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Esophageal Spasms


Disease: Esophageal Spasms Esophageal Spasms
Category: Digestive diseases

Disease Definition:

One form of esophageal spasm occurs when someone takes a huge gulp of a cold, carbonated beverage and they suddenly experience a severe pain in their mid-chest, which lets up after a couple of seconds. In some cases, esophageal spasms could cause chronic swallowing problems and pain.


Esophageal spasms, which could be quite painful, are an uncoordinated series of muscle contractions that prevent food from traveling properly from the esophagus to the stomach. One of the common symptoms of an esophageal spasm is chest pain. In the short term treatment of esophageal spasms, medications are used in order to quickly relax the esophageal muscles, while the long term treatment involves managing the contributing health conditions, altering eating habits and taking additional medications.

Work Group:

Symptoms, Causes


The involuntary muscles in the walls of the lower esophagus are affected by esophageal spasms. These spasms usually occur in two forms:


Diffuse spasms:

The progress of food toward the stomach is slowed down by the simultaneous or irregular contractions of esophageal muscles.


Nutcracker esophagus:

Although food might progress to the stomach normally, however, the contractions of the esophageal muscles are painfully strong. This type of esophageal spasm doesn’t cause difficulty swallowing as much as diffuse spasm does.


Usually, periods of contractions occur intermittently in both forms of esophageal spasms. Some of the signs and symptoms of esophageal spasms are:


  • Dysphagia, meaning difficulty swallowing
  • Regurgitation, which means bringing food back up
  • The feeling that an object is stuck in the throat (globus)
  • Pain in the chest, usually intense, which could be mistaken for angina
  • Heartburn, which is a burning sensation that radiates from the upper abdomen to the neck and sometimes leaves a sour taste in the mouth.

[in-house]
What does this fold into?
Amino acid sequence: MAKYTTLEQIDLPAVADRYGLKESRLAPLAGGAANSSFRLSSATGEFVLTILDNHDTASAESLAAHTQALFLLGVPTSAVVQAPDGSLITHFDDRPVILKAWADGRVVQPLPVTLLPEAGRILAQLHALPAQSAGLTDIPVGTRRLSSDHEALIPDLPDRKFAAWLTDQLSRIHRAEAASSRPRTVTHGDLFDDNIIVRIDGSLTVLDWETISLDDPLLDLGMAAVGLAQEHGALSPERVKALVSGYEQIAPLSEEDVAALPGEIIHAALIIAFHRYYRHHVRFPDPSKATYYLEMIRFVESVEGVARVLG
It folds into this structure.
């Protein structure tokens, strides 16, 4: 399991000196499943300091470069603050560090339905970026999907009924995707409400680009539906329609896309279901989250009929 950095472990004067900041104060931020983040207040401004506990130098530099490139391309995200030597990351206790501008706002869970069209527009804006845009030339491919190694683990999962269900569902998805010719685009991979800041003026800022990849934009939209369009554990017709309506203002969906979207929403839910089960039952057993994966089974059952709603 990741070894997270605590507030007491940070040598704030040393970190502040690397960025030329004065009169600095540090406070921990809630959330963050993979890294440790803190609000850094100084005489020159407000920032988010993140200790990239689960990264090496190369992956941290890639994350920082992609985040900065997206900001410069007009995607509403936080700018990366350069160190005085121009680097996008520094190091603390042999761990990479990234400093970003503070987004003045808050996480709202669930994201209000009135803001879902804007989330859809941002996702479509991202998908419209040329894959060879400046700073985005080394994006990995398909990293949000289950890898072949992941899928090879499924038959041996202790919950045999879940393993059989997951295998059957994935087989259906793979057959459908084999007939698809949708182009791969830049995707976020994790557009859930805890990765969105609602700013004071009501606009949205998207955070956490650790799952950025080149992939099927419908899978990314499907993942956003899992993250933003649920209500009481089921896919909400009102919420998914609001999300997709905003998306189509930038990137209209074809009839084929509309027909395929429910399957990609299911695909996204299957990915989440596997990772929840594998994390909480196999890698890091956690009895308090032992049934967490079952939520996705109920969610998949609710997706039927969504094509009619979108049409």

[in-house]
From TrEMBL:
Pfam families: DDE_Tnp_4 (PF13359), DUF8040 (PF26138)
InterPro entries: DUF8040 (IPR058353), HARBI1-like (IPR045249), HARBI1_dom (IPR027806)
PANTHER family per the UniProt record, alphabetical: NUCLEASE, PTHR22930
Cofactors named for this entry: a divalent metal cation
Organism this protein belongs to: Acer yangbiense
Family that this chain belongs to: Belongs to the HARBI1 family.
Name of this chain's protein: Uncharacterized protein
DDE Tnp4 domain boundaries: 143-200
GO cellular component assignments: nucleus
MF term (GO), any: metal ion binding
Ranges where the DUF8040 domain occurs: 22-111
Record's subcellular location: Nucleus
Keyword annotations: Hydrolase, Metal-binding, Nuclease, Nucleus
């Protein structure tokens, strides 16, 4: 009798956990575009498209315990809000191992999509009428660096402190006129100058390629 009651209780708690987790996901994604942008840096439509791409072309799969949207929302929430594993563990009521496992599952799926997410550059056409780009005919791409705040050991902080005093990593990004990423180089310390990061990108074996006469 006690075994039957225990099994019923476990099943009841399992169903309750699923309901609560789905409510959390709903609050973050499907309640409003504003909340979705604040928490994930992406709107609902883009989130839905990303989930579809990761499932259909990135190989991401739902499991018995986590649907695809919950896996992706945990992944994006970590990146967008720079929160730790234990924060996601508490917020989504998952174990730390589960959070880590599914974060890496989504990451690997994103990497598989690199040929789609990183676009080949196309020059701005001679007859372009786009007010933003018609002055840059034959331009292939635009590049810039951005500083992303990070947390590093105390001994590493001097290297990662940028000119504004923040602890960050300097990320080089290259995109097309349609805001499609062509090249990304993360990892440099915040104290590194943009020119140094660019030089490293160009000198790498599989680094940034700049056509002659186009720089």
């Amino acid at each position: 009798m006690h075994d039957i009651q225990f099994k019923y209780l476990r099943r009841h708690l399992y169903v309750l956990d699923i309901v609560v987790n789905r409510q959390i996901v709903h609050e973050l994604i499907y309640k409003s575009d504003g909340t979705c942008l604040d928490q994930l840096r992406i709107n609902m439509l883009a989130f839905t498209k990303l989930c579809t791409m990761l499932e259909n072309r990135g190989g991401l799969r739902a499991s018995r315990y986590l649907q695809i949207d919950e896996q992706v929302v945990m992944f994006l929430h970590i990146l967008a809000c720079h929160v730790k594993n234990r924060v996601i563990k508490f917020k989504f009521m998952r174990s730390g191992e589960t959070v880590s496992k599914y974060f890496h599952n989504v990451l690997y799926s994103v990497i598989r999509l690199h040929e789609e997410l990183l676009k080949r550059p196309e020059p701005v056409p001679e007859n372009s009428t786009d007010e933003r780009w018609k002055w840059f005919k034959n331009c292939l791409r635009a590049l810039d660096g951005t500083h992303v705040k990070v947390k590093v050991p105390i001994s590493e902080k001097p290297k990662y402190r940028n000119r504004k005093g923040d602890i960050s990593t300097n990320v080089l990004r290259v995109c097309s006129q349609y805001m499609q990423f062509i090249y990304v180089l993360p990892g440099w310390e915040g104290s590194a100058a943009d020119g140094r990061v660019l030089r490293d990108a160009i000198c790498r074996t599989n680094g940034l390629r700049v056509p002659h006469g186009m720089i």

Esophageal spasms are similar to other disorders, such as GERD (gastroesophageal reflux disease), a condition in which stomach acid or bile flows back into the esophagus, irritating its lining. Because of this similarity, esophageal spasms are difficult to diagnose. Someone should see a doctor in case they experience difficulty swallowing, frequent heartburn, difficulty keeping food down or chest pain.


The esophagus, a long tube-like structure, connects the throat to the stomach. Through a series of coordinated muscular contractions called peristalsis, a healthy esophagus moves food into the stomach. This process is disrupted due to esophageal spasms. Although the exact cause of esophageal spasms is not known yet, however, there are some possibilities:


Heartburn or GERD (gastroesophageal disease):

Spasms may be triggered by these conditions that affect the esophagus.


Extremely hot or extremely cold foods:

These foods trigger spasms; however, it is not clear exactly how.





Some of the treatment options for esophageal spasms include:



The severity of contractions may be reduced with smooth muscle relaxants, such as nitrates or calcium channel blockers. The patient may also be prescribed antidepressants to reduce pain, including trazodone and imipramine. When esophageal spasms are being treated solely, these medications are given in lower doses than those needed to treat depression. When other treatments have failed, the patient may try an injection of botulinum toxin into the esophagus, although this treatment has shown some benefit, however, doctors approach it with caution. In some small studies, newer treatments, such as silenafil and pepperminto oil have shown promise.


Behavior modification:

The patient may be advised avoiding large meals and eating slowly. Also, the dietitian or doctor might suggest avoiding very hot or very cold foods.


Managing any underlying conditions:

Spasms may be triggered by conditions such as GERD or heartburn. The likelihood of developing esophageal spasm symptoms lessen in case these conditions are treated. Esophageal spasms may also be relieved when underlying psychological disorders, such as depression or anxiety are treated.



In some rare cases, surgery could be an available option in making esophageal contractions weaker (myotomy) or removing the esophagus entirely (esophagectomy).


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